The Media Relations Department of Hizbollah Wishes You a Happy Birthday: Unexpected Encounters in the Changing Middle East
By Neil MacFarquhar
Public Affairs, 359 pages, $26.95.
Having seen more than enough violence during a decade-long stint as a reporter in the Middle East, Neil MacFarquhar branched out from his beat as Cairo Bureau Chief at The New York Times to write a book about the warmer, fuzzier, more moderate aspects of the Middle East.
Instead of following a mainstream media intent on focusing laser beams on the bloodshed and destruction permeating the region, he wanted to tell other, more hopeful stories: to inject them into public discourse. MacFarquhar felt the world needed to know that there are many “ordinary Arabs who are aware that their nations are out of step with the rest of the world, that they are fed up with both the incompetence of their rulers and the unpredictable quality of their lives. They crave normalcy but despair at ever having the wherewithal to attain it in the face of an oppression that brings at least jail terms and even death to anyone trying to organize dissenters.”
A quick glance at MacFarquhar’s biography offers some clues as to what may have drawn him to this endeavor. Rugged, handsome and 6 foot 3, he never had a solid sense of any single place as home. He spent his childhood years living in a walled-off compound in Libya, where his father worked as an engineer for Esso. While still a teenager, he was sent away to the best boarding schools in the United States before eventually earning his degree in international political economy from Stanford University. His worldview seems to have developed like President Obama’s: exposure from a young age to people from different religions and cultures opened up his mind to different states of being and thinking. Becoming an international reporter for the Times allowed him to pursue his inquiries at the highest level.
Appearing throughout this unusually compelling book are lengthy interviews with a wide variety of clerics, high-ranking members of various royal families, intellectuals and average citizens looking for signs of progressive change, but the overwhelming picture he paints is toxic. He travels throughout Saudi Arabia, Egypt, Syria and Jordan, finding countries ruled by royal families flush with money but remain embedded in unholy unions with fundamentalist clerics who control the lives of millions. There is no freedom of the press or right to organize or equal rights for women, and education options are severely limited or nonexistent. Different Islamic factions espouse hatred and mistrust of one another as each lays claim to an exclusive stronghold on Islamic truth.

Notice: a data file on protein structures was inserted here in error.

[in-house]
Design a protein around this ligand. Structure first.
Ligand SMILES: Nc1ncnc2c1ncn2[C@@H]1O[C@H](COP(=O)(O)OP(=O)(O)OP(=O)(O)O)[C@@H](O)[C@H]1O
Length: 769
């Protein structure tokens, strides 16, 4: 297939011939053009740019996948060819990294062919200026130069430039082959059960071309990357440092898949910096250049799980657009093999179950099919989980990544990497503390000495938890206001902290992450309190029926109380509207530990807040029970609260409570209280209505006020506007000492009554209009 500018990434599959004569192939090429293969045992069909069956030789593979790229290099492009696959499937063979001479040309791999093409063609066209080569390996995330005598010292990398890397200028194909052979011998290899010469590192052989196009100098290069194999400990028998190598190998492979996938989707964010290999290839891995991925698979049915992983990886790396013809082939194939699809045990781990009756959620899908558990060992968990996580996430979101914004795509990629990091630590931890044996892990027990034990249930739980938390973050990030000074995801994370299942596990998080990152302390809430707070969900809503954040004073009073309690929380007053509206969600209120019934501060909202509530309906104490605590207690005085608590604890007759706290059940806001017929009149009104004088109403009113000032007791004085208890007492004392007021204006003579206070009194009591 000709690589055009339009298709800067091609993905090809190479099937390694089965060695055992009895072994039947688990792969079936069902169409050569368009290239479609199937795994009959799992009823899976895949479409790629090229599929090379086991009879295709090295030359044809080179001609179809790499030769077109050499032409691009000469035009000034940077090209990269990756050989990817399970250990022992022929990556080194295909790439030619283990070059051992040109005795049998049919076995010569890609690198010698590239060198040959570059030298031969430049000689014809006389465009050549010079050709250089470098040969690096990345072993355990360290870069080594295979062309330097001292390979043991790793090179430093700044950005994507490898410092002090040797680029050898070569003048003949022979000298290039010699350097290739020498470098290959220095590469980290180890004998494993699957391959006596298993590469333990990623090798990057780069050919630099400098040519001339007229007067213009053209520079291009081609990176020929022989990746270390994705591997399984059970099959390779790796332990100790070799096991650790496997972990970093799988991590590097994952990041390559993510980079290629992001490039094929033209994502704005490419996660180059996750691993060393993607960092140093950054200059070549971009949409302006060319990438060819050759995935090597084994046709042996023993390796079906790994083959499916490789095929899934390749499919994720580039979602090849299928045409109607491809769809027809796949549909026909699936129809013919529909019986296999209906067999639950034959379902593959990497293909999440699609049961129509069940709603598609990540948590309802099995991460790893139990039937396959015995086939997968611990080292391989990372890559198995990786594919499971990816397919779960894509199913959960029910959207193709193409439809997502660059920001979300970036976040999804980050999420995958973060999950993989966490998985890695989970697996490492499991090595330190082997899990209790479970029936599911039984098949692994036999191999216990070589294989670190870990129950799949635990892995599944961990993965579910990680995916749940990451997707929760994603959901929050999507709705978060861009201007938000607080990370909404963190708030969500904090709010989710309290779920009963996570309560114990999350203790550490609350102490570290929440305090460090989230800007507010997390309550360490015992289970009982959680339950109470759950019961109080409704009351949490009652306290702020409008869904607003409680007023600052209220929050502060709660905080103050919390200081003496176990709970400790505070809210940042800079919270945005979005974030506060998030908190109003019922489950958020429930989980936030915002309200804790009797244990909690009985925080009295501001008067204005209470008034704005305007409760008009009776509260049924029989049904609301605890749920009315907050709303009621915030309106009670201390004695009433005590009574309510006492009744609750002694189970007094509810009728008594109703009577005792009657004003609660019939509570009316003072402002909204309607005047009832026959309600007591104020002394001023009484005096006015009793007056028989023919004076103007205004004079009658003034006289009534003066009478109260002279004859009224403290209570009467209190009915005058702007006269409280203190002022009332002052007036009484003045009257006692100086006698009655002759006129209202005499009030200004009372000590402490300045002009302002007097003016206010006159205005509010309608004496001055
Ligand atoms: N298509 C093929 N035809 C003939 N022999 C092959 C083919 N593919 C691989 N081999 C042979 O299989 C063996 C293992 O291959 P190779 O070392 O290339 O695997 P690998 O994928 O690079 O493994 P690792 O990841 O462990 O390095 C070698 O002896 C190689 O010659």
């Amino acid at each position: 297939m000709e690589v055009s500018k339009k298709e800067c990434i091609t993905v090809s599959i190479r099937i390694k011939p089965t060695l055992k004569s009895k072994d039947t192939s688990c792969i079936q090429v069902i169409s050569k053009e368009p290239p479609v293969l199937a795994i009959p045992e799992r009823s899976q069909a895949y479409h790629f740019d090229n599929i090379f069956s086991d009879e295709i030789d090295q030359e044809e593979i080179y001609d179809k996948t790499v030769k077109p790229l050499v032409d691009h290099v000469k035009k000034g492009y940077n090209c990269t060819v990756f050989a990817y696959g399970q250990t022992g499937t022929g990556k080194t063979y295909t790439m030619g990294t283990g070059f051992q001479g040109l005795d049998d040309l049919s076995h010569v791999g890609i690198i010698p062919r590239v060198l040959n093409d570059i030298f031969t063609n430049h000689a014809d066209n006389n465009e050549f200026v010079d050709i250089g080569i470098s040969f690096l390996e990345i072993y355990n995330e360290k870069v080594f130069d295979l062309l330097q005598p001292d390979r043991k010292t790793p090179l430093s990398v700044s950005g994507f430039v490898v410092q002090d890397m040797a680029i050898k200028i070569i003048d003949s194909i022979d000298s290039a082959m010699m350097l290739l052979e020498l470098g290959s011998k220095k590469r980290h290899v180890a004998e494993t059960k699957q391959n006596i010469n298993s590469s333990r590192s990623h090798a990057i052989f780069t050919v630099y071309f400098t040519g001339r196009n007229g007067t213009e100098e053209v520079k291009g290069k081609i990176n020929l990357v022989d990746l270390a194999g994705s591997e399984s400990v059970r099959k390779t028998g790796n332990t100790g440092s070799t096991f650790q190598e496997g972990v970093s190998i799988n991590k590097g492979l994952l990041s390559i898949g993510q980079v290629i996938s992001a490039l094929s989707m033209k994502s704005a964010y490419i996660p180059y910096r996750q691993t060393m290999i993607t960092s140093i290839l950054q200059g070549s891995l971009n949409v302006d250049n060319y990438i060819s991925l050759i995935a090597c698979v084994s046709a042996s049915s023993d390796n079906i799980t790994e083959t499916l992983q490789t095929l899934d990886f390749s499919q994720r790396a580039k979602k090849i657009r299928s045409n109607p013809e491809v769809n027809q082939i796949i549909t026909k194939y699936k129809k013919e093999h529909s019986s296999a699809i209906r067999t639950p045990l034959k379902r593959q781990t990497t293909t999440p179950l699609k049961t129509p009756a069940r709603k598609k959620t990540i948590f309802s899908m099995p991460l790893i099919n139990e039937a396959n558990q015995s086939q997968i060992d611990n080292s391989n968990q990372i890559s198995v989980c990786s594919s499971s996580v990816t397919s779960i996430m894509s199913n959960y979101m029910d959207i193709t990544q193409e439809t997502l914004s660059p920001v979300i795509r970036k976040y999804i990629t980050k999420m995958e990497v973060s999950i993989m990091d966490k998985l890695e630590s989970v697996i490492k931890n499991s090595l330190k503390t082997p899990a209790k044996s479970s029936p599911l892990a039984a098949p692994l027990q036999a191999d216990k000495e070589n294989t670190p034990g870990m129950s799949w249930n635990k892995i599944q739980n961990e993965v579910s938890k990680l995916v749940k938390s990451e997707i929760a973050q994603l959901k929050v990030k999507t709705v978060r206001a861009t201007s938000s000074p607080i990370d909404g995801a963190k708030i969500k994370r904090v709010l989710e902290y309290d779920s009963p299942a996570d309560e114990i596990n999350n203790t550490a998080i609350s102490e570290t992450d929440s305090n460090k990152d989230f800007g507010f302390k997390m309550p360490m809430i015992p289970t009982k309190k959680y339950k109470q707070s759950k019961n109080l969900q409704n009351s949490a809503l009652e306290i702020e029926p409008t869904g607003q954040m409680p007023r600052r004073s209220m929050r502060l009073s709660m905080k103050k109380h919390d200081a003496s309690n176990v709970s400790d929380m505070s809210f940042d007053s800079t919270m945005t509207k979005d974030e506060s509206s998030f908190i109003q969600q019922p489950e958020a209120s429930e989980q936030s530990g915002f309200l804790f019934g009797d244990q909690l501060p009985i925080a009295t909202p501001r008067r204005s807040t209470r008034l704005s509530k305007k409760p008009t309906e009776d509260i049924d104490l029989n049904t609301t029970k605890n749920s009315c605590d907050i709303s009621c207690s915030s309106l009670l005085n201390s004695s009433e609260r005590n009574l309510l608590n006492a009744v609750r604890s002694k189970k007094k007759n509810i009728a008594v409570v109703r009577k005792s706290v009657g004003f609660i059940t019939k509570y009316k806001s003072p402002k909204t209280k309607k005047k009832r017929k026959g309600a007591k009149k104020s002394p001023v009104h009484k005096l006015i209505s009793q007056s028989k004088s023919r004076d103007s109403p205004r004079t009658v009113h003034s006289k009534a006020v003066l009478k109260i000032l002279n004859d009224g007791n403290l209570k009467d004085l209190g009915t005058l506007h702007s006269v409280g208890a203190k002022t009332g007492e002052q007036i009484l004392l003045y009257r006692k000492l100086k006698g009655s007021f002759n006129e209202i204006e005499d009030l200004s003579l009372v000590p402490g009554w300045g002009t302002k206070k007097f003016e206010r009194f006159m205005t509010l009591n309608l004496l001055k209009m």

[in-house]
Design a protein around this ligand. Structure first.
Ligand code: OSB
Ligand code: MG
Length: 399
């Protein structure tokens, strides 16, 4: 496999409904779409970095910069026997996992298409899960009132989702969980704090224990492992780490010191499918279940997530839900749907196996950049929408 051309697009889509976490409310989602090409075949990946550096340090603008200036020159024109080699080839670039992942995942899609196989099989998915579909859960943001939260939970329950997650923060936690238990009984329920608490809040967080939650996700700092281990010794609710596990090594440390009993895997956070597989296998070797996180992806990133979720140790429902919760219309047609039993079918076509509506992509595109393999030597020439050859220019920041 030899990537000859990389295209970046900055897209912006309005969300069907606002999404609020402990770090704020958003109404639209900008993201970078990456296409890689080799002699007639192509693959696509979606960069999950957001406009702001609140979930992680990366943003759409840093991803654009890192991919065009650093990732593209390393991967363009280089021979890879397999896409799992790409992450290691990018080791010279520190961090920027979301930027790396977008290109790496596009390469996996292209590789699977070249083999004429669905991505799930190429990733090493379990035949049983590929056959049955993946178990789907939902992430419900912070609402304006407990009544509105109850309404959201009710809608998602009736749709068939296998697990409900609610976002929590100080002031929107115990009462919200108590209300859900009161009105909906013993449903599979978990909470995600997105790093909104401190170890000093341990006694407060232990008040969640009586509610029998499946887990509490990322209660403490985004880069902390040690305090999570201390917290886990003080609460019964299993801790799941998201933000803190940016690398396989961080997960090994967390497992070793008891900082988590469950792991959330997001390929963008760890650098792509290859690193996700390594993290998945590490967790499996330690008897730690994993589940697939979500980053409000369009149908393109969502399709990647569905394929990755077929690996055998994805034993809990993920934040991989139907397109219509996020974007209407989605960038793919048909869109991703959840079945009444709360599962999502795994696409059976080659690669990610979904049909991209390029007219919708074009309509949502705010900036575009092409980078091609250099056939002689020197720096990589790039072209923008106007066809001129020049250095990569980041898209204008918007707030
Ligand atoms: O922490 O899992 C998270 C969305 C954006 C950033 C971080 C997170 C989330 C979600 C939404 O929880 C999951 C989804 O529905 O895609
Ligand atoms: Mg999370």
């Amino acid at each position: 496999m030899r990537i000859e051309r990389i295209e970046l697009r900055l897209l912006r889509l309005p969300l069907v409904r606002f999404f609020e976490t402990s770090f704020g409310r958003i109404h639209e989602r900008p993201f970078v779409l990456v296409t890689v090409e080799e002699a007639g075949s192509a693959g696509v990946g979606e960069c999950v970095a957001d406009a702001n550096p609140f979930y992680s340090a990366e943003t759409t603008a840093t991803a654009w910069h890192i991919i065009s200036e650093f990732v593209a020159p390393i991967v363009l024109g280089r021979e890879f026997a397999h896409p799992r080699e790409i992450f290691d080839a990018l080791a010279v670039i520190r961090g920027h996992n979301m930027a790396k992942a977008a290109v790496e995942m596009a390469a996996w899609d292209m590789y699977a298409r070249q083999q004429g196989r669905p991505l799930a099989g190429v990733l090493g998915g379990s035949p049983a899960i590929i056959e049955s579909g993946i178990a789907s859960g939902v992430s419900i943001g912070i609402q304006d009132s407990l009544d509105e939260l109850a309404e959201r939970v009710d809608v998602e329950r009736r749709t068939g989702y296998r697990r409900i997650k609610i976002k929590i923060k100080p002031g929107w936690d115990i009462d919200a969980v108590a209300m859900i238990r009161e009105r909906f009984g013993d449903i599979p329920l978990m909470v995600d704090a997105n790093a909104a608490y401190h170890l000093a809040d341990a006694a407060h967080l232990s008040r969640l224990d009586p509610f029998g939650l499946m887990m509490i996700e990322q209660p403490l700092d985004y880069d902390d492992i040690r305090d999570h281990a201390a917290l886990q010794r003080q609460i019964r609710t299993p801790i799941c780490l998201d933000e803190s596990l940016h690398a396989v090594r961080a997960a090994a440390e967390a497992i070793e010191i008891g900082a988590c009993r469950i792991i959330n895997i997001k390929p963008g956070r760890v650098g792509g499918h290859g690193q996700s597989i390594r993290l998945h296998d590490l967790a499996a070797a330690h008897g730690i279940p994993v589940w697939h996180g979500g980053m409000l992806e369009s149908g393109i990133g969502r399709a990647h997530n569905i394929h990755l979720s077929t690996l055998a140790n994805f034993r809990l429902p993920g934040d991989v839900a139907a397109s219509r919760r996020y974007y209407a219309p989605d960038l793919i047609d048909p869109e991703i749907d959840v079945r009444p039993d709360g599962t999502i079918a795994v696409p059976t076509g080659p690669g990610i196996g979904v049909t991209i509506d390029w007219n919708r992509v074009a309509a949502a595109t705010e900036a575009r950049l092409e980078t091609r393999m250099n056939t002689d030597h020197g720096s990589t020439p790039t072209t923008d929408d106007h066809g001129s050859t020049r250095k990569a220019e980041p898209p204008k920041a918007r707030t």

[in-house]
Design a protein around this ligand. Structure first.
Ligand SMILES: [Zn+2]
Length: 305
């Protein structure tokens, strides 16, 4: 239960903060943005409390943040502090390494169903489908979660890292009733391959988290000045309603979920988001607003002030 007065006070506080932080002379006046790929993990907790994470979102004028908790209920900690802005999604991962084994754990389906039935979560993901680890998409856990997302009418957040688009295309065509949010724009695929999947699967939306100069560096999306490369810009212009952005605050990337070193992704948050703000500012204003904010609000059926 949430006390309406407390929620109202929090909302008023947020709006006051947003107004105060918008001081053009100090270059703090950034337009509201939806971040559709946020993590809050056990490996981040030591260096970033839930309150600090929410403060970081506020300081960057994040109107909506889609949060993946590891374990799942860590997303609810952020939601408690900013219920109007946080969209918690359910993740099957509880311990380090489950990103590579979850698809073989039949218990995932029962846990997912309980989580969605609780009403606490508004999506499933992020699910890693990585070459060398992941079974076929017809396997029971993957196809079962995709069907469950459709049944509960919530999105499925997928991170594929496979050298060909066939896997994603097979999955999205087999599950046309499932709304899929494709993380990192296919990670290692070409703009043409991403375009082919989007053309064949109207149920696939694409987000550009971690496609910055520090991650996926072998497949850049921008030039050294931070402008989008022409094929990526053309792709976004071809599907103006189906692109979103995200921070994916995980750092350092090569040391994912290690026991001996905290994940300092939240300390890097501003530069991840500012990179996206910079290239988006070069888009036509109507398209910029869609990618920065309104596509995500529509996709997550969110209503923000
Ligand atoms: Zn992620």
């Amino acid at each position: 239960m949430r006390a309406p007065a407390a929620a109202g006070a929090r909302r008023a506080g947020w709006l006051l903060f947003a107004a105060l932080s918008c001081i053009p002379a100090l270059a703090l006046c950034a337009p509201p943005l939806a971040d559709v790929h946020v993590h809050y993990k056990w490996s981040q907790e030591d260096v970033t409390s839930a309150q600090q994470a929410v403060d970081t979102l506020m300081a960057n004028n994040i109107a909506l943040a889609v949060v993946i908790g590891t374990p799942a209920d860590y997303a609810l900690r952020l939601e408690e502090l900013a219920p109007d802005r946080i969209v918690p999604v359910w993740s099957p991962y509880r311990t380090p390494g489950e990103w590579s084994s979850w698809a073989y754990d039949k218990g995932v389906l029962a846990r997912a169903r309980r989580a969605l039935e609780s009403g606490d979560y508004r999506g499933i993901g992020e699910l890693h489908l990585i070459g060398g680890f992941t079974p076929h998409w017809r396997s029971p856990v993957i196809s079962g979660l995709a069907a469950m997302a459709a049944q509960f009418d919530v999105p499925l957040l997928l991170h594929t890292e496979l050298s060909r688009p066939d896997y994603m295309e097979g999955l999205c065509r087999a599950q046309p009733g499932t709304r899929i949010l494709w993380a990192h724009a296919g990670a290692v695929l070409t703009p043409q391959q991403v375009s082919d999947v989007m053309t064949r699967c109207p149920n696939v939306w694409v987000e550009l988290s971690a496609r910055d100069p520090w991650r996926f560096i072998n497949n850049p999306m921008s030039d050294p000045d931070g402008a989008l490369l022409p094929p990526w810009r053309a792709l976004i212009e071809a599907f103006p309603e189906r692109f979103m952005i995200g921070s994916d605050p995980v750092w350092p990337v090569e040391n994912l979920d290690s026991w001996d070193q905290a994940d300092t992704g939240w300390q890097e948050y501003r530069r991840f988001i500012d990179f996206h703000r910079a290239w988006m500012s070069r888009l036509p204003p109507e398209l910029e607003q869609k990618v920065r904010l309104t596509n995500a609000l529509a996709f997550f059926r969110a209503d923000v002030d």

Perhaps most unsettling is the animosity toward Westerners that infiltrates all levels of society. The author records his own bewilderment when, at a dinner party in Saudi Arabia, a college professor of Islamic law turned to him unprovoked and said in exasperation, “Well, of course I hate you because you are a Christian, but that doesn’t mean I want to kill you.”
At another event he attended, a 2004 seminar in Cairo called “Islam and Reform,” led by a group of moderate Muslims, crowds began to gather and shout at the panelists: “You are just agents for America. What kind of Islam are you talking about? Are there any Islamic scholars here? Where are they? You are Jews! You are wrecking Islam and rotting the minds of the young.”
With the obstinacy of a psychotherapy patient denying what he himself has revealed, MacFarquhar keeps looking for moderate voices. He finds some solace in the unusually brazen written work of Saudi Prince Bandar, who has admitted that the problems in Saudi Arabia have “nothing to do with America or Israel or the Christians or the Jews…. So let us stop blaming others while the problem comes from us.”
Even Bill Maher of HBO’s “Real Time” seemed to hit a more genuine, although politically incorrect, note when he said recently to a Muslim guest on his television show: “Please don’t tell me that we’re all people and we’re all the same and we’re all equally bigoted. I mean, excuse me, in America, yes, we do have our problems, and you know the Catholics are as backwards as it gets. The debate on women is whether they should be priests. In the Muslim world, the debate is should we stone them to death because they talk to a man who’s not their husband. Okay, civilizations are not equal.”
Neil MacFarquhar is a gifted writer and a natural storyteller and has used his unprecedented access to illustrate for us a vivid rendering of the Middle East in all its complexity, congestion and paranoia. But he fails to integrate his own findings into his analysis, and this makes the reader wary.
Most of us accept that the media has sometimes been guilty of portraying all Muslims as violent and barbaric, and this most certainly is a gross distortion. Yet, the vitriolic threads permeating the societies that MacFarquhar describes are deeply disturbing. In particular, with regard to antisemitism, the author remains peculiarly and uncomfortably silent, never once mentioning throughout his entire narrative the corrosive effect this has had on the entire region and its people. This oversight seems unforgivable and makes the reader wonder whether MacFarquhar’s attachment to his own preset agenda may have distorted his otherwise compelling book.
Elaine Margolin is a freelance book reviewer and essayist for The Jerusalem Post, the San Francisco Chronicle and many other publications.